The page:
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First Read's Morning Clips: Trump Closes in on Polling Milestone

A roundup of the most important political news stories of the day
Image: Donald Trump
Republican presidential candidate Donald Trump speaks to supporters as a secret service agent stands by during a rally in Fort Worth, Texas, Friday, Feb. 26, 2016.LM Otero / AP

OFF TO THE RACES: Trump nears a polling milestone

A new NBC News|SurveyMonkey poll shows Trump at nearly 50 percent among Republicans nationally.

And on the Democratic side, it's the closest the Democratic race has been since we started the tracking poll in late December.'s Alex Seitz-Wald reports on yesterday's dueling press calls by the two Democratic campaigns.

Gov. Scott Walker is expected to announce his "formal decision" in the 2016 GOP race today, notes NBC’s Andrew Rafferty.

New York, New York: The circus is coming home for the top candidates as they eye the Empire State.

POLITICO reports on the GOP campaigns' efforts to round up delegates in Colorado.

CLINTON: From the Wall Street Journal: "As Mrs. Clinton and Mr. Trump aim to clinch their parties’ nominations, the former secretary of state is poised to start the general-election campaign with a far more sophisticated operation in key swing states than the businessman."

Her campaign is deriding Team Sanders for demanding more debates, calling the move a "stunt."

She warned of the consequences for the Supreme Court if Trump is elected president.

KASICH: Is his campaign trying to coordinate with Cruz to deprive Trump of delegates? CNN: "John Kasich's campaign is looking to coordinate behind the scenes with Ted Cruz's in a mutual effort to deny Donald Trump enough delegates to win the Republican presidential nomination. They even tried to get 2012 nominee Mitt Romney to help broker it. The only problem for team Kasich is that Team Cruz is not interested."

TRUMP: The DNC is out with a new video called "How the GOP Created Trump," tracing the origins of his movement back to Sarah Palin's rise, Mitch McConnell's pledge to halt Obama's reelection and John McCain's "complete the danged fence" line.

From POLITICO: "Trump is, by far, the GOP delegate leader – and the only candidate with a realistic shot at winning a majority of delegates before the July convention. But at the same time, nearly two-thirds of Americans view Trump unfavorably – and his image rating has declined since Republican voting began in February."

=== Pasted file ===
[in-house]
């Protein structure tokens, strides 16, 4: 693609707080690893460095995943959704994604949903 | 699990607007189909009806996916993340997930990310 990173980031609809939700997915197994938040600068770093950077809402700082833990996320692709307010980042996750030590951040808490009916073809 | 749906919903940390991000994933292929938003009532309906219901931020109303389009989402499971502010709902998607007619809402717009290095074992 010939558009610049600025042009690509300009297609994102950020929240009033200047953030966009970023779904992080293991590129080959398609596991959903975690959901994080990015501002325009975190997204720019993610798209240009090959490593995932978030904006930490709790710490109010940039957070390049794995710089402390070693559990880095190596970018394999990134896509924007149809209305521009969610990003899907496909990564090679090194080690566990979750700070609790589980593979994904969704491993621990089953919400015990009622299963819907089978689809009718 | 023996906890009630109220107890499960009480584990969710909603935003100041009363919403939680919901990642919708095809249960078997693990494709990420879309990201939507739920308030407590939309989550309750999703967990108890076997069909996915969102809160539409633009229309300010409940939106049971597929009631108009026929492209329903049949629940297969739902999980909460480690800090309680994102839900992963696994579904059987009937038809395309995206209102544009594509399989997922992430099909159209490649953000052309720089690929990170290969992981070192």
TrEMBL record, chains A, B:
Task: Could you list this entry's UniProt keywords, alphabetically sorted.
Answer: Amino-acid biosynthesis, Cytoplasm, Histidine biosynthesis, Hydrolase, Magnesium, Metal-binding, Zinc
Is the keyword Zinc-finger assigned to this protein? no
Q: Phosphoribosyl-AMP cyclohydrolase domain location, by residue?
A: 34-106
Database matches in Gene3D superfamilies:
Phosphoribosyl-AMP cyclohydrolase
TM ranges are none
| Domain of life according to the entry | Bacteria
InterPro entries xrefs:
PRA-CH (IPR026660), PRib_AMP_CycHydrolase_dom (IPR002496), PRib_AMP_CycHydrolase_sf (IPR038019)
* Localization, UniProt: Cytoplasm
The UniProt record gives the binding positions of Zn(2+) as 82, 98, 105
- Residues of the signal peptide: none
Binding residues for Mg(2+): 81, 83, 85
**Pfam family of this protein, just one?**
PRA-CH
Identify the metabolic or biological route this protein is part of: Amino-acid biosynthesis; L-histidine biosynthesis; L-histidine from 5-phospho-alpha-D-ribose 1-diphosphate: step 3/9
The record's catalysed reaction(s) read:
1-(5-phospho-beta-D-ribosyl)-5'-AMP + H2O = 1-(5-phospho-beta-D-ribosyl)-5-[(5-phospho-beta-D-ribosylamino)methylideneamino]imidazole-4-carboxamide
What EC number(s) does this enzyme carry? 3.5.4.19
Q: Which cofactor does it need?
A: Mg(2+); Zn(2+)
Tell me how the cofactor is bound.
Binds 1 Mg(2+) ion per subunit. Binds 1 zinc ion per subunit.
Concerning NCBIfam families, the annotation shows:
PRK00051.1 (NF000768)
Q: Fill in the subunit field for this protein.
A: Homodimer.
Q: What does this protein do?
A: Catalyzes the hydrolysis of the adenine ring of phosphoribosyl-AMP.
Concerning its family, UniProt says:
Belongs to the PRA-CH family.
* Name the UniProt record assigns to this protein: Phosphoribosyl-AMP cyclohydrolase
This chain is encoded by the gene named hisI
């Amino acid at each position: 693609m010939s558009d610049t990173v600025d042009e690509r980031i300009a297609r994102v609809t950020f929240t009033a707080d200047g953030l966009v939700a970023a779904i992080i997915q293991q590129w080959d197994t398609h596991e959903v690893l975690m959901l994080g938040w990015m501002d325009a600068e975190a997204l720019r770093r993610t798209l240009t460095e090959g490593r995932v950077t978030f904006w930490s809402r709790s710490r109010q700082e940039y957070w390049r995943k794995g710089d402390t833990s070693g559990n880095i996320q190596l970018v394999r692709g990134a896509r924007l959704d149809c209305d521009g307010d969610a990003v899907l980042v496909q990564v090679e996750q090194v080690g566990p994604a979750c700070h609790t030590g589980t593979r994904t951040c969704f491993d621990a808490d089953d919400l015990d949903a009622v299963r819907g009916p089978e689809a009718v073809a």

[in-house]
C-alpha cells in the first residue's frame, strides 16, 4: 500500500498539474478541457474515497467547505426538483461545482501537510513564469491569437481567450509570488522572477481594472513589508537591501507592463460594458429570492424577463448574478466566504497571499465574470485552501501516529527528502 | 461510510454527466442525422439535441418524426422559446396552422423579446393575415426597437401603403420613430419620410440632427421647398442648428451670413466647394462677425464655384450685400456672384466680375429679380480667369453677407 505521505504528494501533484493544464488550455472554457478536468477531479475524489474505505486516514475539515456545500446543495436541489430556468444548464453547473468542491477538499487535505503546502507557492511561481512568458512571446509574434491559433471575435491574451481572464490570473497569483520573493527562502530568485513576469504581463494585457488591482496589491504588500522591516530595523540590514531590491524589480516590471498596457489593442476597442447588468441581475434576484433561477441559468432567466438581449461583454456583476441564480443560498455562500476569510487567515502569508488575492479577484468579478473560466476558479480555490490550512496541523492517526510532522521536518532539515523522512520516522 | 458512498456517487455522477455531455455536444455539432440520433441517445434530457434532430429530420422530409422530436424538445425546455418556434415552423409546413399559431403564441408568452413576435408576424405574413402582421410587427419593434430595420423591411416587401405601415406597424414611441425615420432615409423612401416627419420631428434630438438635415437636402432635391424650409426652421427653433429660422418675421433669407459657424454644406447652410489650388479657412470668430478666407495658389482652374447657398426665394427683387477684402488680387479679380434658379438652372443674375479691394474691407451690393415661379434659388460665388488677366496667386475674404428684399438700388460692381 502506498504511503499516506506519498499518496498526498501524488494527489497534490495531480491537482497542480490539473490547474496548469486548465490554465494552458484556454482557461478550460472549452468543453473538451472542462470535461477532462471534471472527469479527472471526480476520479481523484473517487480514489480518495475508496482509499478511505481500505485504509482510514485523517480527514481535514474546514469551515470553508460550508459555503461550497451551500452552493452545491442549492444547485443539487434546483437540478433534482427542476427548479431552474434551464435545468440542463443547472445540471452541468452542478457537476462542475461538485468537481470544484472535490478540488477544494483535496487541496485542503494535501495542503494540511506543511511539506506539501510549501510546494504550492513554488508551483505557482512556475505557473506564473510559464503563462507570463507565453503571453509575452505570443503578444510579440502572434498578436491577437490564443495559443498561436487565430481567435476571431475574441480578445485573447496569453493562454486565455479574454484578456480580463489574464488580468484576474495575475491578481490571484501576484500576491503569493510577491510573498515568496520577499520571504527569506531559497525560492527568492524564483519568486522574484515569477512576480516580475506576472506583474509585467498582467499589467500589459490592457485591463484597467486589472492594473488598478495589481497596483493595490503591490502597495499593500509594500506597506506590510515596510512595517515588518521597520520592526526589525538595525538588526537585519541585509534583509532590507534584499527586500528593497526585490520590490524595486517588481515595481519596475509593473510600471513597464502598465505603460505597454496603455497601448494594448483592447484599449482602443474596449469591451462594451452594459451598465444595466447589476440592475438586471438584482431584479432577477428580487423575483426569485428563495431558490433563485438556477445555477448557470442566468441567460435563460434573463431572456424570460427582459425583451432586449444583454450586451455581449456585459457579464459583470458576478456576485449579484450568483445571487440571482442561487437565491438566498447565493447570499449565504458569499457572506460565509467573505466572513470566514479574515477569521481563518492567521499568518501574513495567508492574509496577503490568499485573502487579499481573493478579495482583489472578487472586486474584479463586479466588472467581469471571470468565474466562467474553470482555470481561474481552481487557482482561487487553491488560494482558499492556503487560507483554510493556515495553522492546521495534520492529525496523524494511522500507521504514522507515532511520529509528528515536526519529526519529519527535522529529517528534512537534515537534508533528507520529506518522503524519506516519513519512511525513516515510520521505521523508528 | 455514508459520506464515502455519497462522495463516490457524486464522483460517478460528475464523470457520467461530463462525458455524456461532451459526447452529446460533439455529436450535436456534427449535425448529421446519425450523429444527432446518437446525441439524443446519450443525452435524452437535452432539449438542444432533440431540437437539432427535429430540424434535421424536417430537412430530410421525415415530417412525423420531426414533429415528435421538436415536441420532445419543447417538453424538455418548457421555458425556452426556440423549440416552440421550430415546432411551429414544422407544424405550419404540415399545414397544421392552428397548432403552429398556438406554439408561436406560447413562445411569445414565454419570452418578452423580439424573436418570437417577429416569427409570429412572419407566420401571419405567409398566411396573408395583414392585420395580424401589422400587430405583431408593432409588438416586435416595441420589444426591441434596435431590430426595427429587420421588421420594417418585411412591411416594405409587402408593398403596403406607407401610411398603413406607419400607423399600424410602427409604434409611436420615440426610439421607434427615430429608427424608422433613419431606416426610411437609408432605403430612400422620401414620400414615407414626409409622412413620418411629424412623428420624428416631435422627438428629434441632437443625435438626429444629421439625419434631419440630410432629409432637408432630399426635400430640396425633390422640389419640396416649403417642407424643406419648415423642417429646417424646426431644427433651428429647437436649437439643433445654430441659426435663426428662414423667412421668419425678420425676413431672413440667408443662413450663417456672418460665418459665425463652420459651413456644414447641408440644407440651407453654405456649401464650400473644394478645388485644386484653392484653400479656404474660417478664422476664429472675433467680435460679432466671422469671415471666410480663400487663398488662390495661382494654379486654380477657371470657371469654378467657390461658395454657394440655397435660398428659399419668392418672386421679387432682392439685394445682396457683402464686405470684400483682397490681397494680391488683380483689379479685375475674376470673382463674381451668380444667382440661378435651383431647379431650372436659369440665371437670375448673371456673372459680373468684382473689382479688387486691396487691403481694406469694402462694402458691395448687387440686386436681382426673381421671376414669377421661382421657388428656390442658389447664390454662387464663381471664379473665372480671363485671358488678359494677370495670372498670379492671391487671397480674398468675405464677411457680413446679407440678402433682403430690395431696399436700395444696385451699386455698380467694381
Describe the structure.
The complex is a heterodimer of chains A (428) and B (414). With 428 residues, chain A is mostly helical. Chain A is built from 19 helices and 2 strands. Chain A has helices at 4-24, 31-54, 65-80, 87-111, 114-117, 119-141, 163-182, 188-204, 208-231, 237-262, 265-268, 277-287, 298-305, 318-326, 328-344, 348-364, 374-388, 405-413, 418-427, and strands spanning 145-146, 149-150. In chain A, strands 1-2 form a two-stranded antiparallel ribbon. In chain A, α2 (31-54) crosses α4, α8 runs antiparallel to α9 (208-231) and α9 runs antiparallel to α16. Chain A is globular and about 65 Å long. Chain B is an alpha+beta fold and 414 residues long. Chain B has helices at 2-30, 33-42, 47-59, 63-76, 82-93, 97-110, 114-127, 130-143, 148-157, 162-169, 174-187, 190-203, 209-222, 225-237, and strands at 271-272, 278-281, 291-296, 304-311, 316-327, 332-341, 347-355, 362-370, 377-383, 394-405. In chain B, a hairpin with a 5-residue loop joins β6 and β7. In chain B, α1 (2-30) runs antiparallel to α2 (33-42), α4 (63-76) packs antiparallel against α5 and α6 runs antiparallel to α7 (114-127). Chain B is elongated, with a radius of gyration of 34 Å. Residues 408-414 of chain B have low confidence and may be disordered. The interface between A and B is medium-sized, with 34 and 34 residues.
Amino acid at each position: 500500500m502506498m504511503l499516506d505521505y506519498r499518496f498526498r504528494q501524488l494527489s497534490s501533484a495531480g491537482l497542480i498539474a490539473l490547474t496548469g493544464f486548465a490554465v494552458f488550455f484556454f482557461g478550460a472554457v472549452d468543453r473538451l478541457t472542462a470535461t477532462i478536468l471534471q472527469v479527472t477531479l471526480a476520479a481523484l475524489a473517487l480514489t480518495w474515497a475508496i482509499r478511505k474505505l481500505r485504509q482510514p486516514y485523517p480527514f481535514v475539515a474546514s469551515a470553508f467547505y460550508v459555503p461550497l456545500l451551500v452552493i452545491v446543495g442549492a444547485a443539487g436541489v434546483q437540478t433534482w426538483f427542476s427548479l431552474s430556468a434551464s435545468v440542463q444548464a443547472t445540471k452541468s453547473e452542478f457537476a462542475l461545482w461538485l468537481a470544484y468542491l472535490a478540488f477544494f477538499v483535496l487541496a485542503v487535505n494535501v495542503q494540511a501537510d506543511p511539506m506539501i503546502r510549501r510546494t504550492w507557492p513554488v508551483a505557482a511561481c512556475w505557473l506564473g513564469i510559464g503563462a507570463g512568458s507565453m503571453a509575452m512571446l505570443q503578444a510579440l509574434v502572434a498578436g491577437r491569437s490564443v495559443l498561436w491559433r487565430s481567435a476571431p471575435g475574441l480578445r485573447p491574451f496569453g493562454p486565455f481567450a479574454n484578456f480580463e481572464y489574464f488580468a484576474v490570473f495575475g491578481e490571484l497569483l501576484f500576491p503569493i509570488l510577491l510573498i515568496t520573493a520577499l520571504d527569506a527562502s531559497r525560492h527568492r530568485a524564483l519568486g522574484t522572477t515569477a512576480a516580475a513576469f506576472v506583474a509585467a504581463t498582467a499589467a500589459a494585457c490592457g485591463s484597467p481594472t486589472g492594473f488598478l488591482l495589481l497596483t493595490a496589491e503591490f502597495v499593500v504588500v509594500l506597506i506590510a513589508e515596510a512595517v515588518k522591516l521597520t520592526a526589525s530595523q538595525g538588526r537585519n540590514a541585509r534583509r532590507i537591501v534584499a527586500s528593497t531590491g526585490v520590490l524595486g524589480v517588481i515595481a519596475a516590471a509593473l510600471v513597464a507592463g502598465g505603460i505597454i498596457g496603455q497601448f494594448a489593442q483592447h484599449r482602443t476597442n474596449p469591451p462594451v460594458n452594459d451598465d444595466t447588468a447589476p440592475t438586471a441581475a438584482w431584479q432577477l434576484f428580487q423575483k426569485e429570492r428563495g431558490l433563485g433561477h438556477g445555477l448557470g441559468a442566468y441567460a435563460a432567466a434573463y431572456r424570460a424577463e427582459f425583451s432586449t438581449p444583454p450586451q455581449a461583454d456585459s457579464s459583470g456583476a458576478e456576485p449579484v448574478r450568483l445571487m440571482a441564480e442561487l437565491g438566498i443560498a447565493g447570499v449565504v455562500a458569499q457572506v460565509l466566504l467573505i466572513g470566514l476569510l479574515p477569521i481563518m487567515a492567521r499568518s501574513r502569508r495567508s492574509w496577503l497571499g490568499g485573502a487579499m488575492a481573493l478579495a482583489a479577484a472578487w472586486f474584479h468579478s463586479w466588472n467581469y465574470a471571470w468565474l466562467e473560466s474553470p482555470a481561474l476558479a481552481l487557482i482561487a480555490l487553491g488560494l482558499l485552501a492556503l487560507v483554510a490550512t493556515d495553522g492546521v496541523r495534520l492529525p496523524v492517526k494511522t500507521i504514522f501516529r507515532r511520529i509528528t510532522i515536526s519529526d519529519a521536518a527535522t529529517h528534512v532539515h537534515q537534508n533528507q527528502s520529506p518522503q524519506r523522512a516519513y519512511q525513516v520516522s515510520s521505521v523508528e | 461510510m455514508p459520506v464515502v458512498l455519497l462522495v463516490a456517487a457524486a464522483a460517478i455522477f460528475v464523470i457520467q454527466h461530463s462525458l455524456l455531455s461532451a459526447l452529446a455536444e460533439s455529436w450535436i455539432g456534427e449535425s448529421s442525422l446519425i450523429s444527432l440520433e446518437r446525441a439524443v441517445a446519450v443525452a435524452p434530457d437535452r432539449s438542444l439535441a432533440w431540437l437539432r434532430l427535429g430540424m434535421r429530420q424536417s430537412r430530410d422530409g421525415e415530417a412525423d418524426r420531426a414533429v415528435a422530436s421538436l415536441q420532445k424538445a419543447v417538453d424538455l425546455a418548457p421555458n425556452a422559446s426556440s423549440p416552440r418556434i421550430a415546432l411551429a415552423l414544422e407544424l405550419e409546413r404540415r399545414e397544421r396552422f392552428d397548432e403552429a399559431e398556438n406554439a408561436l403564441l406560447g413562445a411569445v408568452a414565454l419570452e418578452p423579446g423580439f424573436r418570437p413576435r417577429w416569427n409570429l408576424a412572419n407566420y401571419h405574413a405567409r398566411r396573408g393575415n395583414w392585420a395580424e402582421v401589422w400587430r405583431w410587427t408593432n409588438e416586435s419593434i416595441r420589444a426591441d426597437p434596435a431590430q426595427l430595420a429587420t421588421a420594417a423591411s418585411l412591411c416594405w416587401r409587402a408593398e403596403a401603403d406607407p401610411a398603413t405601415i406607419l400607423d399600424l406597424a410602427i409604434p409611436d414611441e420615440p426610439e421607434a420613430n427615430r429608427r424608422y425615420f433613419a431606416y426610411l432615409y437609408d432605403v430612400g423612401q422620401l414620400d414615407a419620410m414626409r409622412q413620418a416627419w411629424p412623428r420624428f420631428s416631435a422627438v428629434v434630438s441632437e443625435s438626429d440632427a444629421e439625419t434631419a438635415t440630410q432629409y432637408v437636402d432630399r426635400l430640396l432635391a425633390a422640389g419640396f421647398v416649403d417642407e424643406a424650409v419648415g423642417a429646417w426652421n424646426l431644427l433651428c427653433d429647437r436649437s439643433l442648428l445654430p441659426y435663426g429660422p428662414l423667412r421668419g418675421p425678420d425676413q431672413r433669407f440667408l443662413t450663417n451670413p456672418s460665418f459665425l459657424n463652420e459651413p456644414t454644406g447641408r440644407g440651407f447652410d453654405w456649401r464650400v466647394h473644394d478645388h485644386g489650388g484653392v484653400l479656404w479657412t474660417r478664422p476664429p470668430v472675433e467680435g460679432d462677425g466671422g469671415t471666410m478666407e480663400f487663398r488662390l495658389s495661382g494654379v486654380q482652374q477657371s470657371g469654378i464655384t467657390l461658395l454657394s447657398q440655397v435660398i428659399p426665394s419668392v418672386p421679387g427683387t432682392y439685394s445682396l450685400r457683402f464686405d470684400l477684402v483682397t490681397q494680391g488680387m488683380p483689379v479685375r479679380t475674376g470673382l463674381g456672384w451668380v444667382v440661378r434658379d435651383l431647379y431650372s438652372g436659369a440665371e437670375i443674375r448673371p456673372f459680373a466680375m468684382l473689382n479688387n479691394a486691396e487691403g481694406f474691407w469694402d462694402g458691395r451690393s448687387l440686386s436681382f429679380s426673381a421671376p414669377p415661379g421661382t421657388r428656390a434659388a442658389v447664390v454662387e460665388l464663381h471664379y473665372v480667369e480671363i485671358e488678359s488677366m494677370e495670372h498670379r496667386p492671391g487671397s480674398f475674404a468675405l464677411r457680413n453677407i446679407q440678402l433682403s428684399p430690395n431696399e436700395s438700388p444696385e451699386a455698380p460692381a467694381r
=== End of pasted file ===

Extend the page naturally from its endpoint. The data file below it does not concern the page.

More from the New York Times on the downballot threat that Trump presents for Republicans. "Some party leaders remain hopeful that they can block Mr. Trump by denying him a majority of the delegates to the July convention and coalescing support around another candidate. But the National Republican Senatorial Committee has already conducted polling to test the message that Republicans must control the Senate as a check against a President Hillary Clinton, and that Democrats must not be allowed to fully control the appointment and confirmation of Supreme Court judges, according to two people briefed on the research, who spoke on the condition of anonymity because it was intended to be confidential."

"After being shut out of important Republican National Convention committee slots in Louisiana, Donald Trump’s campaign argued on Monday that the posts were chosen at a “secret meeting” to which Trump delegates weren’t invited," writes the Wall Street Journal. MORE: "One big wrinkle: Mr. Trump’s two Louisiana state co-chairmen both attended the “secret meeting” – which was in fact a gathering at the Louisiana state GOP convention March 12, according to Jason Doré, the state party’s executive director."

From the AP: "Indeed, Trump's campaign on Tuesday will announce plans to open a Washington, D.C. office to run its delegate operation and congressional relations team, said campaign senior adviser Barry Bennett. In addition to the new space, Bennett said Trump has hired a veteran political operative to serve as the campaign's convention manager. Paul Manafort, a seasoned Washington hand with decades of convention experience, will oversee the campaign's "entire convention presence" including a potential contested convention, said Bennett."

OBAMA AGENDA: Taking aim at the press

The New York Times reports on Obama's critique last night of 2016 coverage in the political media.

From the Washington Post: "The Justice Department is abandoning its bid to force Apple to help it unlock the iPhone used by one of the shooters in the San Bernardino terrorist attack because investigators have found a way in without the tech giant’s assistance, prosecutors wrote in a court filing Monday... It is unclear how, precisely, investigators got into the phone, or what FBI agents learned about the plot from the materials they were able to review. On the eve of a hearing in the case last week, the FBI had signaled that it might have found a way into Farook’s device, writing in a court filing that “an outside party demonstrated to the FBI a possible method."

NBC's Ari Melber writes: "Two weeks into the nomination fight, 16 Republican senators now say they will meet with Garland — over 25 percent of the GOP caucus — according to a running count by NBC News."

"If Senate Democrats have their way, Supreme Court nominee Merrick B. Garland would sit for confirmation hearings starting in late April and receive an up-or-down vote on the Senate floor about a month later, just before Memorial Day. That is the timeline proposed in a letter sent Monday to Republican leaders by Democratic members of the Senate Judiciary Committee," writes the Washington Post.